Musk Man: The Media’s New Public Enemy No. 1 (OPINION)

Musk Man: The Media’s New Public Enemy No. 1 (OPINION)

The Mediaverse by Dennis Kneale, TruthDAO columnist

Now that Elon Musk has taken over Twitter, he is Public Enemy No. 1 for the media and Democrats.

Little more than a week has passed since Musk took control of Twitter, yet media reports have him  firing up to 75% of staff (over the weekend, layoffs went out to 50% of the staff, quite a jolting start), which could unleash “harmful content” on users (Washington Post); and enduring an “exodus of executives and advertisers” (New York Times); and sparking a wave of celebrities to quit the Twit (; and posing a U.S. security risk (Bloomberg).

Also, Musk is accused of sparking an explosion in hate speech (; and encouraging the harassment on Twitter of a woman of color whom he fired with three other Twitter execs (; and having “contaminated the information environment he now reigns over” (; and running Twitter into the ground (

That is a lot of ink and pixels for a ton of supposed evildoings by one man in one week.  A lot of it, upon cursory inspection, is overdone bunkum. My question: why are the media so dead set against a new effort to rid Twitter of onerous political censorship, election interference, and secret collusion with government regulators? Shouldn’t the press oppose all of this?

Before we dive into this sturm und drang, let us stipulate a few key points. Twitter has very little to do with anything that happens in real life, and nothing that happens there has to "harm" anyone. People harm people.  In my view, "harmful content" is oversold and is a pathway to censorship. Words are incapable of rising off the screen and smacking us in the face; only people can do that.

Second: if we dislike the new Twitter, we are free to change the channel or fly away.  And third: Twitter now is a private enterprise owned by Elon Musk and his investors, and they can do whatever they want to it.

Now, to debunk some of the bunkum: the story on a surge in hate speech was based on a Montclair State University "study"of only the 12-hour period from midnight, Oct. 28, when Musk formally assumed control of Twitter, to noon the next day. It found 4,778 mentions of hate-speech terms, compared with 2,000 per day in the previous week.

The study reflects zero changes made by Musk regarding content monitoring, and it makes zero effort to discount a factor that inflated the data: wags in 4Chan chatrooms urged everyone to post racist words to jack up the “hate speech” count.

Elsewhere, the Post story (by six reporters) on staff cuts’ unleashing “harmful content” was picked up by AP,, and thousands of websites. Yet Twitter’s 7,500 people never were able to monitor the postings of 240 million people. This is a job for Superman—read: software and AI—and Musk and his team will be better at it.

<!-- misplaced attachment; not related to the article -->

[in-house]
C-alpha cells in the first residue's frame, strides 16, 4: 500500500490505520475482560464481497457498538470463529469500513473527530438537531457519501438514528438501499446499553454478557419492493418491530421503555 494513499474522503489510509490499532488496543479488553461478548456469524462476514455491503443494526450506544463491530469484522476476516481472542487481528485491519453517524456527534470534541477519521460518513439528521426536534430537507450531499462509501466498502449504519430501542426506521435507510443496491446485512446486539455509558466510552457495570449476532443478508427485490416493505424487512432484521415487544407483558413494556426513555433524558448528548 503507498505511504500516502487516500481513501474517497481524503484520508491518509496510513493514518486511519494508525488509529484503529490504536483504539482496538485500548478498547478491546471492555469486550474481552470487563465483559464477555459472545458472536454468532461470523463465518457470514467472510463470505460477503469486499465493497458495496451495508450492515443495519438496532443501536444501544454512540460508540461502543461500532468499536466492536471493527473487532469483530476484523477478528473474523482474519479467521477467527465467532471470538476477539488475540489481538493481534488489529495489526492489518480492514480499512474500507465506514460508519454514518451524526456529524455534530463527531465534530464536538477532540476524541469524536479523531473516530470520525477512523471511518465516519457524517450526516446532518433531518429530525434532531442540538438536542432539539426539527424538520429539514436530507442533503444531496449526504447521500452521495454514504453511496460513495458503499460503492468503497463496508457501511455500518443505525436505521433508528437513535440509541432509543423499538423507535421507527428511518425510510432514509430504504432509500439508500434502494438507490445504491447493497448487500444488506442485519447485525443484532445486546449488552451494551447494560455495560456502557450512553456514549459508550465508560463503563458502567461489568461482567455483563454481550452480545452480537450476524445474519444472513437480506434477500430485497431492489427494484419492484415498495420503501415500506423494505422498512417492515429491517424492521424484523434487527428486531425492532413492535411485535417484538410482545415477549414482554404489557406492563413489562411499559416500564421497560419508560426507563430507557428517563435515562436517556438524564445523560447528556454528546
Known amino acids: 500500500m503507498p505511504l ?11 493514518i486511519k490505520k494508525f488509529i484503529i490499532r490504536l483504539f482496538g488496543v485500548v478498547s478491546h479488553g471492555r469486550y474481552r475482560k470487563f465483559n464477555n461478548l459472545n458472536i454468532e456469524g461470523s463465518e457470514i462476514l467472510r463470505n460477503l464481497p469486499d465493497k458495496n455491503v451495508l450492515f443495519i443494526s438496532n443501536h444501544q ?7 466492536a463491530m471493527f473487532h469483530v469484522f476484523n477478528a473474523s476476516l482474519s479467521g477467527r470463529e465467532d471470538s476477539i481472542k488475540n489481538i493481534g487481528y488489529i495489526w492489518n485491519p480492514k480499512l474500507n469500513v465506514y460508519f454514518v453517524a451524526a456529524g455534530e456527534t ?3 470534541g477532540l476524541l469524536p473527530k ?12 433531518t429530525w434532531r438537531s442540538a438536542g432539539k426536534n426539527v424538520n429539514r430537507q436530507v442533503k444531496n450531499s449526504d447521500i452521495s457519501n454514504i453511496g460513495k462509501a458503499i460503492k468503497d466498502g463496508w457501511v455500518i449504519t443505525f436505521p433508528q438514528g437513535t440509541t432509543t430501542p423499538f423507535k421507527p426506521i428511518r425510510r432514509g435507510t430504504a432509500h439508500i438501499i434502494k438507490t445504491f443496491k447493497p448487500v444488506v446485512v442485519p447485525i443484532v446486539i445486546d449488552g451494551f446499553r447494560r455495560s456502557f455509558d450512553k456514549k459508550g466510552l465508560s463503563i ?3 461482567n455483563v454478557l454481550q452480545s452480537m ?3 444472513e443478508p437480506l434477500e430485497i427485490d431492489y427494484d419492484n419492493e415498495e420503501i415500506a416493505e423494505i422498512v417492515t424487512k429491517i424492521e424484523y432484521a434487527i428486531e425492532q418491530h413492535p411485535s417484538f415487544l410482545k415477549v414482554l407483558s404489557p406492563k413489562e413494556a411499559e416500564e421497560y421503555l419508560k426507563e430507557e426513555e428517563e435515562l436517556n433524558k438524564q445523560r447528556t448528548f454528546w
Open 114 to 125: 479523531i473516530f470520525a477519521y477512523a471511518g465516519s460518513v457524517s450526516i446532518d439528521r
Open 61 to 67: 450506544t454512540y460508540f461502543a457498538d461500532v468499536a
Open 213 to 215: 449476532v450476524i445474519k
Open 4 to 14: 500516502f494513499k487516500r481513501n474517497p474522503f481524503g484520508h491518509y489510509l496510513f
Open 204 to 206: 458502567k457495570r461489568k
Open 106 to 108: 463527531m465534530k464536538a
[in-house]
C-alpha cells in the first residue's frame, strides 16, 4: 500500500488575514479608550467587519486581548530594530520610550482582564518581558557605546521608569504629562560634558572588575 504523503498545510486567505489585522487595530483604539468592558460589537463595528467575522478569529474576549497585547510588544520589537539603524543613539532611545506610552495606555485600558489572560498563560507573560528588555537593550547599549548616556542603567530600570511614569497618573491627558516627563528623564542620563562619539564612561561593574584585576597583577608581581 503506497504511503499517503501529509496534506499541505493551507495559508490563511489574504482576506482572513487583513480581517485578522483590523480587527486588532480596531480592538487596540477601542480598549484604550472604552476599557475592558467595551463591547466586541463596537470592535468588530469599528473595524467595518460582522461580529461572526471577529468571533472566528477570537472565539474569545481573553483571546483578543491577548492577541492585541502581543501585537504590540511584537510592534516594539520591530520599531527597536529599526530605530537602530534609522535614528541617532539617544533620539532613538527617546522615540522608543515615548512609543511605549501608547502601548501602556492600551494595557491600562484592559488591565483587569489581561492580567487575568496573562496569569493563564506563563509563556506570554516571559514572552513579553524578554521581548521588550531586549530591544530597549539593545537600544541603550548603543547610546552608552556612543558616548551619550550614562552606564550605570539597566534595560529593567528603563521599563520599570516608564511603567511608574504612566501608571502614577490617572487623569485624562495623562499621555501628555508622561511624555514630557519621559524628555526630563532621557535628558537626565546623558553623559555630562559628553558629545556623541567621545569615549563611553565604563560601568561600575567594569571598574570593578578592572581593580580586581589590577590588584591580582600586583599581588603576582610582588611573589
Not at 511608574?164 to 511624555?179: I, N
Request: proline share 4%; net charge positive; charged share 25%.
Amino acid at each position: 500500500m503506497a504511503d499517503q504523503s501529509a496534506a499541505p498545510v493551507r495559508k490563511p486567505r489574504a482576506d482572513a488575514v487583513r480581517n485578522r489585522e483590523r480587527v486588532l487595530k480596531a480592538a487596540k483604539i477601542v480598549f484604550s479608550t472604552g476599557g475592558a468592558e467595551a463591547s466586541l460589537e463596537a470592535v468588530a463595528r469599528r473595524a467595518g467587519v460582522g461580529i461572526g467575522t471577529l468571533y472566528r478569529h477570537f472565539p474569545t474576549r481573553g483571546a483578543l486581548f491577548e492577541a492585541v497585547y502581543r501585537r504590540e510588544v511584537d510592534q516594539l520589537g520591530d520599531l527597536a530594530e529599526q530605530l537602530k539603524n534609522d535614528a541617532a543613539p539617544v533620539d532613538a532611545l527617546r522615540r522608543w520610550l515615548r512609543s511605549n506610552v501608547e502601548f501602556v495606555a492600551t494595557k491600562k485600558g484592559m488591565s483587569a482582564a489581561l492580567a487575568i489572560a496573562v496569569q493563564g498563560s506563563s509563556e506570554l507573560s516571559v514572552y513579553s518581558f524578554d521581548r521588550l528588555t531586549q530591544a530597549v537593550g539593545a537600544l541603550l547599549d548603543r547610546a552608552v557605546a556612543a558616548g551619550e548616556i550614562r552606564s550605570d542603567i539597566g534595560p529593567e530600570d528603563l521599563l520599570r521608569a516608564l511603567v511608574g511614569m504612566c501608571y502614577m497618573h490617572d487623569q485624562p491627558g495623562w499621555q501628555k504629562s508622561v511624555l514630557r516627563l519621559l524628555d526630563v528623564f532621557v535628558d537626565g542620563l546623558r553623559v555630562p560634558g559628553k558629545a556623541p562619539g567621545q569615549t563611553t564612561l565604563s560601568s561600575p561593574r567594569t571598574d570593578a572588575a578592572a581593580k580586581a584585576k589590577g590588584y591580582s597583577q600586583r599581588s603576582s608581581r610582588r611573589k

Plus, the story says Twitter workers’ median pay is $240,000 per year, meaning half of them earn even more than that. At that rate, Elon should fire as many Twits as possible.

Likewise, the Times story (by four reporters) on an “exodus” involves only five execs, who quit before Musk could fire them. As for sponsors, when the story was posted, the only sponsor that made news for pausing ads on Twitter was General Motors. Even then, GM says it merely is following the “normal course of business” when a media platform changes ownership—a point most stories left out. Why let that cut into the clickety-sizzle?

Since then, GM has been joined by Mondelez (Oreos), Volkswagen, and VW's Audi. One reason may be pressure from outside groups.

The Times, down in the 19th paragraph of its story, says 40 civil rights groups sent an open letter to 20 big Twitter advertisers, including Amazon, CBS, Coca-Cola, and Disney, urging them to halt ads “if Mr. Musk throws out the platform’s content moderation safeguards.” If. A contrived possibility in a statement with no impact.

Unmentioned: this was a pre-fab protest to pressure advertisers now, orchestrated by a cabal of social justice warrior groups funded by liberal billionaire George Soros. They include Media Matters, Free Press, and Public Citizen. To learn this, I had to read it on a right-leaning site I hadn’t heard of, the unfortunately named

The protest group had mobilized back in May, as a story in the Daily Mail said at the time, when it sent advertisers a letter saying, “Elon Musk’s takeover of Twitter will further toxify our information ecosystem and be a direct threat to public safety, especially among those already most vulnerable and marginalized.” How so?

Elsewhere, the Bloomberg story (five reporters) on Oct. 31 says Musk’s lining up $1.89 billion from Saudi Prince Alwaleed Bin Talal raises national security risks, in the view of Sen. Chris Murphy (D- Conn.). The prince, a venture billionaire, was a frequent guest for years on CNBC with anchor Maria Bartiromo, who now is at FoxBiz; where were security concerns then?

Unmentioned: this is part of a harder U.S. line against the Saudis since they rejected a Biden request to delay an OPEC production cut till after the midterm elections, see here.

The media, however, are uninterested in that angle. Nor are they asking: What are Elon Musk’s plans for revealing the unconstitutional requests by the federal government to censor accounts on Twitter? And disclosing all previous private communications regarding reining in conservative content? And releasing all election-related emails? And naming an independent audit panel to examine all of this and report the findings publicly?

One gets the feeling the media want to avoid knowing any of this.

Dennis Kneale, @denniskneale on Twitter, is a media strategist and writer in New York. He spent more than 30 years at The Wall Street Journal, Forbes, CNBC, and Fox Business.